Travel Inspiration

Top Tips For Booking Your Next Flight

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I have a confession – I love looking for flights and planning trips, even if they are ones I don’t even plan on taking. This year alone I have taken 19 flights all of which I have booked and planned personally. I’d like to think that having researched, booked and taken so many flights in my lifetime I can offer you a few hints and tips which you may find helpful when booking your next flight. Hopefully they will help you to find the best deal available and remind you of some mistakes that even the most experienced travellers often make in order for you not to make the same ones.

Use a price comparison site

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There are way too many airlines out there for you to check each and every one individually when booking a flight. Personally, I do not have the time to input the same details over and over again and then write down the result from each search. That is why I always use a price comparison site like Webjet, it means I only have to enter my requirements once in order to get a raft of responses. Search results can then be filtered to even better suit my needs i.e. price, direct flights, departure time. Also, results are often returned from airlines you may never have considered if you were conducting individual searches, making finding the most value for money flight a whole lot easier and quicker.

Check out the baggage allowance

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I am a whizz at packing a carry on for a 3/4 day trip but any longer and I’m afraid I have to bring out my big suitcase. But big suitcases usually mean additional costs on most, if not all budget airlines, and at between £15 and £60 for a 20kg bag that can actually double the amount you spent on the flight in the first place. Twice this year we have found flights via national carriers (Air Malta and Iceland Air) that have not been the cheapest but they have included a hold bag in the price, making the price still cheaper than a budget airline flight plus the additional baggage fee. This reminded us that sometimes the cheapest one initially is not always the best option.

Paying for and selecting your seats

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Sometimes there is just no getting around having to pay to reserve your seat especially if you are adamant that you want to sit next to your travel companion or like me you are a nervous flyer and need to hold their hand. Some airlines charge as little as £3 per person each way, which isn’t that much considering what you probably paid for the flight in the first place, whereas some others can charge up to £25 which could be actually more than you paid for a budget airline flight to start with. But what if I told you some airlines don’t charge, you simply have to ring them in advance and request that you sit together! Over the past few years Sri Lanka Airlines, Royal Brunei and Cathay Pacific have all seated us together in the seats we wanted for nothing. Therefore proving – you don’t get, if you don’t ask!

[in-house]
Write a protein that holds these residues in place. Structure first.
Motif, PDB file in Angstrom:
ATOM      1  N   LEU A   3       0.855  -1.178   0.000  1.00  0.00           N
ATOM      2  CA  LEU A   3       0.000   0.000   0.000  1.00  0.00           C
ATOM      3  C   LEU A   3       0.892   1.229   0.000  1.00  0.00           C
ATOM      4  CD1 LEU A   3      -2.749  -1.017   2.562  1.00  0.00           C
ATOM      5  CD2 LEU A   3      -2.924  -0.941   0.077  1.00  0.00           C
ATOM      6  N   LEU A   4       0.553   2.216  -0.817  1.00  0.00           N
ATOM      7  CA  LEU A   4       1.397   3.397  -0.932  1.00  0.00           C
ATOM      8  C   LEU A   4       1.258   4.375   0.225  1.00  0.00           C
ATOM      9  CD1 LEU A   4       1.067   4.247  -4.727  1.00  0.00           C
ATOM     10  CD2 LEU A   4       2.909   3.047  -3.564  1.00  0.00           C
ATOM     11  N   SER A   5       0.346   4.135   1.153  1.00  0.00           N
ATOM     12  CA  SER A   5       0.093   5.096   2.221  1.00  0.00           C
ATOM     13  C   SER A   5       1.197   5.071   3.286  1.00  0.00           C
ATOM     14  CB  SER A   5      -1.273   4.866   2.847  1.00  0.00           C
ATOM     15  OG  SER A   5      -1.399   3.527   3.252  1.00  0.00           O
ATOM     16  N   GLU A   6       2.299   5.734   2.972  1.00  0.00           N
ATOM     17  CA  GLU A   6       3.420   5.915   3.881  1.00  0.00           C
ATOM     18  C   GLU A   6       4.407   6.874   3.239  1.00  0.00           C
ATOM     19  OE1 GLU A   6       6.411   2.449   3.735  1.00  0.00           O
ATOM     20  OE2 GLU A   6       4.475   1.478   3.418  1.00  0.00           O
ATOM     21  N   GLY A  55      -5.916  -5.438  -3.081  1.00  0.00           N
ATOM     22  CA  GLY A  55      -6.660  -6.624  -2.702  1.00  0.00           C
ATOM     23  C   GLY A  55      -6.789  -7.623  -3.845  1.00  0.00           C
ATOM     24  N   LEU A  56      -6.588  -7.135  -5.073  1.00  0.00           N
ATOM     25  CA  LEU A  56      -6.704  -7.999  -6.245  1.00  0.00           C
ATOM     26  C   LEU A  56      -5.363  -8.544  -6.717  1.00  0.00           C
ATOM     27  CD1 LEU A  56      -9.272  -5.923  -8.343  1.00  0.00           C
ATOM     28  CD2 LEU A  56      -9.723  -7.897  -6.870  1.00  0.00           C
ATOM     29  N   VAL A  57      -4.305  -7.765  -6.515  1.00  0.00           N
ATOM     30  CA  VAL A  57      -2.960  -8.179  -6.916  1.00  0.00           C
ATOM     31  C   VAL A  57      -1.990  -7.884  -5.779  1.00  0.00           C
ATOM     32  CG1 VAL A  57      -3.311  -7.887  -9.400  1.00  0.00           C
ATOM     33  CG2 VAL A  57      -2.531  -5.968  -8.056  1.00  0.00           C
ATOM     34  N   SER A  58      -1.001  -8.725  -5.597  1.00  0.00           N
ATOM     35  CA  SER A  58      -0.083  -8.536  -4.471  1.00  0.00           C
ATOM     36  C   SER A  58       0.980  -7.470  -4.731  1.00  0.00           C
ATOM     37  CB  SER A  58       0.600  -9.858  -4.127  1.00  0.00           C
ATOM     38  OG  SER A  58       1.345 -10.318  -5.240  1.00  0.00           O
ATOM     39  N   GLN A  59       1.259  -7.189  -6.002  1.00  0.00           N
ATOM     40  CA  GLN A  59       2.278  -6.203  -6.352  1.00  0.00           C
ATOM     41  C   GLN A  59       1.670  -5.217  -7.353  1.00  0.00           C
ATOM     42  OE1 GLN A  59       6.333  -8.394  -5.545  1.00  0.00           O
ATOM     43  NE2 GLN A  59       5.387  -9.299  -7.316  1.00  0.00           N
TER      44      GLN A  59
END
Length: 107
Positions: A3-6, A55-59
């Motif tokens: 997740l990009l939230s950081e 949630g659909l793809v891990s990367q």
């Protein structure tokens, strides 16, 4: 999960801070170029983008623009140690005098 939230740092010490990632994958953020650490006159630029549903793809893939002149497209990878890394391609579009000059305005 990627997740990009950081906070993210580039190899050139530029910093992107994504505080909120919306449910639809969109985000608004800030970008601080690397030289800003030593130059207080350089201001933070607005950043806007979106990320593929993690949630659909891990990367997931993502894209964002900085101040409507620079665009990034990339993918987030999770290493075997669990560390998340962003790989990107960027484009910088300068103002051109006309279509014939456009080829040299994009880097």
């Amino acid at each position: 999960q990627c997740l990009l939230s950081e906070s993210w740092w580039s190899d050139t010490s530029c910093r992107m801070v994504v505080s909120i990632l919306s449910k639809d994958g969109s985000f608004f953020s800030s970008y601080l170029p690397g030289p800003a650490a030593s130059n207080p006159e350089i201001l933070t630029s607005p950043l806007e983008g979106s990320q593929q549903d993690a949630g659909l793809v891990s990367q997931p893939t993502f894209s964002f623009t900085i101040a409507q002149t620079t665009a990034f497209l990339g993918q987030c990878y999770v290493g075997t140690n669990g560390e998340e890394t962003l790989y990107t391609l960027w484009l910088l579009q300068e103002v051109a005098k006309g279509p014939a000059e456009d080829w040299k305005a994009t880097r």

Don’t forget to double check your details

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Sounds like an obvious one doesn’t it? Maybe too obvious and that’s why people often enter the incorrect details and then kick themselves when they have to pay to rectify them. A prime example of this is booking your honeymoon. I personally changed my passport into my married name before our wedding, this meant I could then go on my honeymoon as Mrs Etherington and not in my maiden name, which was quite a big thing for me. Because changing your passport costs a fair bit in England some people don’t change their passport into their married name until their old one expires. So when my friend recently booked flights for him and his wife (they have been married for 3 years) in her married name, he then had to fork out £30 to change it to her maiden has she has not updated her passport yet.

Do you have any top tips for people when booking their next flight? We’d love to hear them, especially if it saves us a few pounds or grey hairs!

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8 comments on “Top Tips For Booking Your Next Flight

  1. Handy tips – especially “if you don’t ask you don’t get”. I flew with Cathay Pacific this year to HK and Japan, and we checked in online selecting seats apart (only ones available as we were in Economy) to save airport stress and then when we checked in our hold luggage they changed our seats for free so we could sit together. A definite perk of a non-budget airline – near enough the only time I’ve ever flown with a more expensive airline. I’d also say that although you can scout out good deals yourself, for long haul travel sometimes it’s worth running a route past a travel agent. This past summer I flew Manchester > Hong Kong, Hong Kong > Tokyo, Osaka > Hong Kong, Hong Kong > London, and booking through a travel agent specialised in routes UK-HK saved my boyfriend and I £200 each, when compared to the prices of the flights bought through the airline’s own website.

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  2. Great tips! I’d also remind everyone to clear their cookies after a search…it’s amazing how many times prices increase on my laptop but is lower on hubby’s!

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  3. If I’m not tied to specific dates, I always check a few days either side of when I want to travel, as it can be a difference of hundreds. If flying in to one airport and out of another, I try switching the airports to see if it saves any money. I recently flew to London to Venice, out of Frankfurt to Reykjavik and then back to London. The initial plan had been to start in Reykjavik and end in Venice, but it was so much cheaper to go in reverse!

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